Over the last few days, we’ve received a few notes and photos (see above) from folks describing fuzzy, moth-like flies flitting about their kitchen or bathroom. So we turned to our favorite bug guru, Matt Bertone, for the inside scoop:
1. Flies in the family Psychodidae (particularly the subfamily Psychodinae) are often called moth flies or drain flies. The former name comes from the covering of hairs and scale-like hairs that give these flies the appearance of a fuzzy little moth (which can be confusing to non-entomologists). The latter name comes from one of their most familiar habitats – inside the gunk-filled plumbing of our bathrooms and kitchens. Yum!
2. Moth flies are also commonly found out in nature. Most require very moist places to live, like damp leaf litter or standing pools of water. Their favorite habitats include compost piles (where they can also frequently encounter humans), water bodies formed by terrestrial plants (called phytotelmata) that include treeholes and bromeliads, dung, large bodies of water and other moist situations where organic matter builds up.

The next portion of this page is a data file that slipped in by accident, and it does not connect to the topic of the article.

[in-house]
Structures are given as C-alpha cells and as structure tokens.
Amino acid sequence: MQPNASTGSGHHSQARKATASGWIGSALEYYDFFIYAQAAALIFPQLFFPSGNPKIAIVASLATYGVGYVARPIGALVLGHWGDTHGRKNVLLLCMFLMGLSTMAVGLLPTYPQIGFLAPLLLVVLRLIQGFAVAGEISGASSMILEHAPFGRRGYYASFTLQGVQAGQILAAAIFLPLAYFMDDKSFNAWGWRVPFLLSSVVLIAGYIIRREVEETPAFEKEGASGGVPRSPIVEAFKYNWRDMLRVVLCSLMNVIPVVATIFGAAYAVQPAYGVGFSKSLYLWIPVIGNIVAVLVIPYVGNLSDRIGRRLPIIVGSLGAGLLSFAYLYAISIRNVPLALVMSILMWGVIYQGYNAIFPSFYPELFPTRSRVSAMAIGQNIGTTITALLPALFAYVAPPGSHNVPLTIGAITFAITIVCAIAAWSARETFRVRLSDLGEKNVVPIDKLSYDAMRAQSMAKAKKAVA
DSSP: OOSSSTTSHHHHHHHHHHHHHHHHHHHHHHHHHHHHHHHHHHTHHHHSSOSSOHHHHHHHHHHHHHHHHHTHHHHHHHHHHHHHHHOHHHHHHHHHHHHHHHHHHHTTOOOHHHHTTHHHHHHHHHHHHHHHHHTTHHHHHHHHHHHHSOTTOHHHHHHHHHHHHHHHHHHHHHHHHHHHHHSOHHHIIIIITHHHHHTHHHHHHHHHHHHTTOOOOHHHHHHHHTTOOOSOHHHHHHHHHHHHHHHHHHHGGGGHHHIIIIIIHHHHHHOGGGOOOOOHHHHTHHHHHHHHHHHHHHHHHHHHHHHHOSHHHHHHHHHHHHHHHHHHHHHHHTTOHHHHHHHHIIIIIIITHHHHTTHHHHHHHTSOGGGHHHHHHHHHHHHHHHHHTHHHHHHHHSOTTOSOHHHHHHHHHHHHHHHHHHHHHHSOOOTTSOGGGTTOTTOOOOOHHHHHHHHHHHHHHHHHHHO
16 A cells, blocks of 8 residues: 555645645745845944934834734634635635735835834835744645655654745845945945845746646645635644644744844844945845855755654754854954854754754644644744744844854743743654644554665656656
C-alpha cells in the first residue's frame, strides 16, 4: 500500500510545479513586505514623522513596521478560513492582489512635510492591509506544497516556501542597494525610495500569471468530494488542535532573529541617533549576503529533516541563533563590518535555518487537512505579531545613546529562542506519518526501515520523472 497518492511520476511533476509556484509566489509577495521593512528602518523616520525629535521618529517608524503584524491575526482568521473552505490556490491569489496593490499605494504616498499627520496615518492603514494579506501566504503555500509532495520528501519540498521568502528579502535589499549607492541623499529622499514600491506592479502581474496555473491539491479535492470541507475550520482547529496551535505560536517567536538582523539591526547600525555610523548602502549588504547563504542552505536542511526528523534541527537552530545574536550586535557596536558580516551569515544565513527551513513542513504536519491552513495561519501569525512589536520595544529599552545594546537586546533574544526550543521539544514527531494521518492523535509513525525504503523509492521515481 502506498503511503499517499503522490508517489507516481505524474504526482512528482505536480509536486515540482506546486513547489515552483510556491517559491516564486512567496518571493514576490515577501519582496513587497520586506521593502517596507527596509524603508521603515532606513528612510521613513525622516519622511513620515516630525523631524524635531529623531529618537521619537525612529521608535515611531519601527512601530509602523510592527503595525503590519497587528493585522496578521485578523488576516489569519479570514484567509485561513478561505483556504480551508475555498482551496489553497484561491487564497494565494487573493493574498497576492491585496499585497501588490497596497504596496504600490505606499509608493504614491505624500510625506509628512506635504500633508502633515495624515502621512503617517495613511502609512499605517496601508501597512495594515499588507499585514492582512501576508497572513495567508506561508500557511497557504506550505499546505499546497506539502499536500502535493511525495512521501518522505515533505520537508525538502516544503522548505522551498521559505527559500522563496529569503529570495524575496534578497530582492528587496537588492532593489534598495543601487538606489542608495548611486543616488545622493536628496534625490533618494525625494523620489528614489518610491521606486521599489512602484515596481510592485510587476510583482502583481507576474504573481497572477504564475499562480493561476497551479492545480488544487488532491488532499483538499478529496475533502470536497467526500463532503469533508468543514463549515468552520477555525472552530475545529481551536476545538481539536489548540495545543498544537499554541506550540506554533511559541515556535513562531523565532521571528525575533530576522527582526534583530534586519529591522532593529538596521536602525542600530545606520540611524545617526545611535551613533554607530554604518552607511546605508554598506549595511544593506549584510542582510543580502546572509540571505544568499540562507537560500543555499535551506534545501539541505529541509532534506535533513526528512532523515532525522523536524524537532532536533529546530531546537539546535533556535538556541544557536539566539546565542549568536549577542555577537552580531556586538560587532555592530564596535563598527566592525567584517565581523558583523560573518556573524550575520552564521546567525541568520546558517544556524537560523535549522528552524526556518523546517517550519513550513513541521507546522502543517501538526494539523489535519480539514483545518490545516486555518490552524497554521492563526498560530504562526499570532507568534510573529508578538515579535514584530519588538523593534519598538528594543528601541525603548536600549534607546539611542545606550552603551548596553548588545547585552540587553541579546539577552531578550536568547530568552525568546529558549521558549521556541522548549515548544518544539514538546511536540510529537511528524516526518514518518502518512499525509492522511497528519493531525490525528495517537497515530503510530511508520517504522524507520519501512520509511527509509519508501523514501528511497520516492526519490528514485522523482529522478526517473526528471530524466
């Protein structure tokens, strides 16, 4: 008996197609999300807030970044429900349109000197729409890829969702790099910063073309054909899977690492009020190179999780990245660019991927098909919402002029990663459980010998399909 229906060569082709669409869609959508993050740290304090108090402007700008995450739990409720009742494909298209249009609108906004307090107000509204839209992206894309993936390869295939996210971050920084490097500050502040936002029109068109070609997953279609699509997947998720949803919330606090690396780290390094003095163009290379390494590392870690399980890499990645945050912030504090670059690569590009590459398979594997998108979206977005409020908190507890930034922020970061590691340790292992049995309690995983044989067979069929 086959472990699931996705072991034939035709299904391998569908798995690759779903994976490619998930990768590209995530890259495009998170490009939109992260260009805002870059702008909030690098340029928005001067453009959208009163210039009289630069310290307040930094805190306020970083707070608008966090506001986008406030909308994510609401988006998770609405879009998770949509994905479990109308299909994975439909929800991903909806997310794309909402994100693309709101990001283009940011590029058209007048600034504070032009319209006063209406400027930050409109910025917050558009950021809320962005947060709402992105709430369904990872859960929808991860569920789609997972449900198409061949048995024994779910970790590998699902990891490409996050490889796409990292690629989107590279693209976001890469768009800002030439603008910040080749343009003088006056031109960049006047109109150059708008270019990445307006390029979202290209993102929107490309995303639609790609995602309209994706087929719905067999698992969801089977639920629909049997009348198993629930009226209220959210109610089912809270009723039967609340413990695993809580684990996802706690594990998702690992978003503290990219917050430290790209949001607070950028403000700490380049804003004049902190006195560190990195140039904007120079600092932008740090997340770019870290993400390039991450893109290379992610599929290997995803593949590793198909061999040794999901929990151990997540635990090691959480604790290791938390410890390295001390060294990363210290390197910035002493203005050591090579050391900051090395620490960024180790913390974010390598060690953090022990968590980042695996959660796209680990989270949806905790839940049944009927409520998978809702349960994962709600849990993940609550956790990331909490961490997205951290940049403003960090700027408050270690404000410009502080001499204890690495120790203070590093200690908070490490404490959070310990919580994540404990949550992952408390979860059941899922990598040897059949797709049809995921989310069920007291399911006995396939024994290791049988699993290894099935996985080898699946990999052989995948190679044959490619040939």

3. So what are they doing? Moth fly larvae feed on decaying matter and bits of organic debris. Like many true flies, they can be important decomposers. You can even think of them as your own little plumbers, slowly feeding on the organic buildup in your pipes. A mucky job but someone has to do it – and I think they enjoy it! Adult moth flies generally do not feed, but may munch on bits of organic matter or visit flowers.